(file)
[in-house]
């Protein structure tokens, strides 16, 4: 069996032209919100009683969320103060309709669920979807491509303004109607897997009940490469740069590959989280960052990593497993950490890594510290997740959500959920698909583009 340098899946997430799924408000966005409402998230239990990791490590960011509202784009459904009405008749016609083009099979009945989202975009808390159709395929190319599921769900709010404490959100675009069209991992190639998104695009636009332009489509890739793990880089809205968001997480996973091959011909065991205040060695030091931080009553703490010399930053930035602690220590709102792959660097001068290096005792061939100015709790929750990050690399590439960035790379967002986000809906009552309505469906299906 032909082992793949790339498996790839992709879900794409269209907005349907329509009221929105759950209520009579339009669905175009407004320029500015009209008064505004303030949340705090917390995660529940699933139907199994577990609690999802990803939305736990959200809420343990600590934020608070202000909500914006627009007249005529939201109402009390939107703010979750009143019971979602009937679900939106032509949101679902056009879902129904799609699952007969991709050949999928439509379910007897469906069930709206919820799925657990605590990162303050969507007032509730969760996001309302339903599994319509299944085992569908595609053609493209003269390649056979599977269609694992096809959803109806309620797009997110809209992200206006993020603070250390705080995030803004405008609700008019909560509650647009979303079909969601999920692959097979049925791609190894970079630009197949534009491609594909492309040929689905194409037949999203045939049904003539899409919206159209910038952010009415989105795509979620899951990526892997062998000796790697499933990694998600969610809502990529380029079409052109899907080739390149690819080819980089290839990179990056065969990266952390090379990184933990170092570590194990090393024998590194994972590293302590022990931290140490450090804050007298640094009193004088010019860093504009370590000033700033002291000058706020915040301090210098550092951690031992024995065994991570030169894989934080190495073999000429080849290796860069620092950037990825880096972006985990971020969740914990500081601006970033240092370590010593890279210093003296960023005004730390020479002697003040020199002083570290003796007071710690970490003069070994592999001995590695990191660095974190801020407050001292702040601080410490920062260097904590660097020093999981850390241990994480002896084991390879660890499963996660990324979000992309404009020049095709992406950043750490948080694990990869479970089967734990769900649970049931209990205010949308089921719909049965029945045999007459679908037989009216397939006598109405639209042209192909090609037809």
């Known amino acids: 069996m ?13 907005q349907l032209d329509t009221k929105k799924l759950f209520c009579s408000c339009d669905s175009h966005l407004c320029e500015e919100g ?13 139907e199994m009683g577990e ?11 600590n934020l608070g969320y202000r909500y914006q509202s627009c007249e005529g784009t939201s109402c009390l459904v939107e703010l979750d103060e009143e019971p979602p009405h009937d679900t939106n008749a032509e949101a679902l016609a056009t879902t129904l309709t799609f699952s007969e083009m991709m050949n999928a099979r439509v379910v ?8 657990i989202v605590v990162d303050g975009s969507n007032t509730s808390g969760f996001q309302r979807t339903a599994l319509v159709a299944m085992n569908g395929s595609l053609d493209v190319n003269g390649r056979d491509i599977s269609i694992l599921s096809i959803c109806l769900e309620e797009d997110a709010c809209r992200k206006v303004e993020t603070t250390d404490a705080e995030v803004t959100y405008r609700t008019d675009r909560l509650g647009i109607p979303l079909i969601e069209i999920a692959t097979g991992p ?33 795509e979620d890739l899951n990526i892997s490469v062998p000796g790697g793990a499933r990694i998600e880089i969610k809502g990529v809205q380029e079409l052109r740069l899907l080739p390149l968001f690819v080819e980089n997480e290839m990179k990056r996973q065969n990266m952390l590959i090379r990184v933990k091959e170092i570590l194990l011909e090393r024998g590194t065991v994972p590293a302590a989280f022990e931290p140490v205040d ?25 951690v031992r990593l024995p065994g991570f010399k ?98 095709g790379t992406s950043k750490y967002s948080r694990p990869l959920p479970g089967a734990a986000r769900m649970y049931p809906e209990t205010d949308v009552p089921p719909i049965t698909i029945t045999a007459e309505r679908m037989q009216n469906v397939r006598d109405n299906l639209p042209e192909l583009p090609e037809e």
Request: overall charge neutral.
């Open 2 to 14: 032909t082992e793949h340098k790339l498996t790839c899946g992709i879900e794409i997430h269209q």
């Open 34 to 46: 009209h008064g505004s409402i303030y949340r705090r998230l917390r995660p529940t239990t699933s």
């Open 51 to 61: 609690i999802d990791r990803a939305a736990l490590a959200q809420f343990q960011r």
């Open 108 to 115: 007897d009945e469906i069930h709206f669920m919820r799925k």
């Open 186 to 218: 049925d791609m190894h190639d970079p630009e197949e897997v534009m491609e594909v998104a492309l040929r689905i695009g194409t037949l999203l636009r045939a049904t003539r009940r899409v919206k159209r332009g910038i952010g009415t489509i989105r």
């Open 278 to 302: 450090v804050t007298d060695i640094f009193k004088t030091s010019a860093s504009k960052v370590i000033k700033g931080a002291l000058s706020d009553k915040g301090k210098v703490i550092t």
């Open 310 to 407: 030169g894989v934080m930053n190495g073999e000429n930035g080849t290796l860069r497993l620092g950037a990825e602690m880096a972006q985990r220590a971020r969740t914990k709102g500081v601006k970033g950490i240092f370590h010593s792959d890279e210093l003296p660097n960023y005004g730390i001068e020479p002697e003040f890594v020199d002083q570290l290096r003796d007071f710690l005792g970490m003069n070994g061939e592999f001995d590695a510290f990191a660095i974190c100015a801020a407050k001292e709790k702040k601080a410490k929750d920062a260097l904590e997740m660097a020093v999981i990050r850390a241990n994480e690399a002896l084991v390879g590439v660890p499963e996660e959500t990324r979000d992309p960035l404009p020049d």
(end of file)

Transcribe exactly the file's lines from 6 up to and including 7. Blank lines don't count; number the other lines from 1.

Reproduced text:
């Open 34 to 46: 009209h008064g505004s409402i303030y949340r705090r998230l917390r995660p529940t239990t699933s």
């Open 51 to 61: 609690i999802d990791r990803a939305a736990l490590a959200q809420f343990q960011r």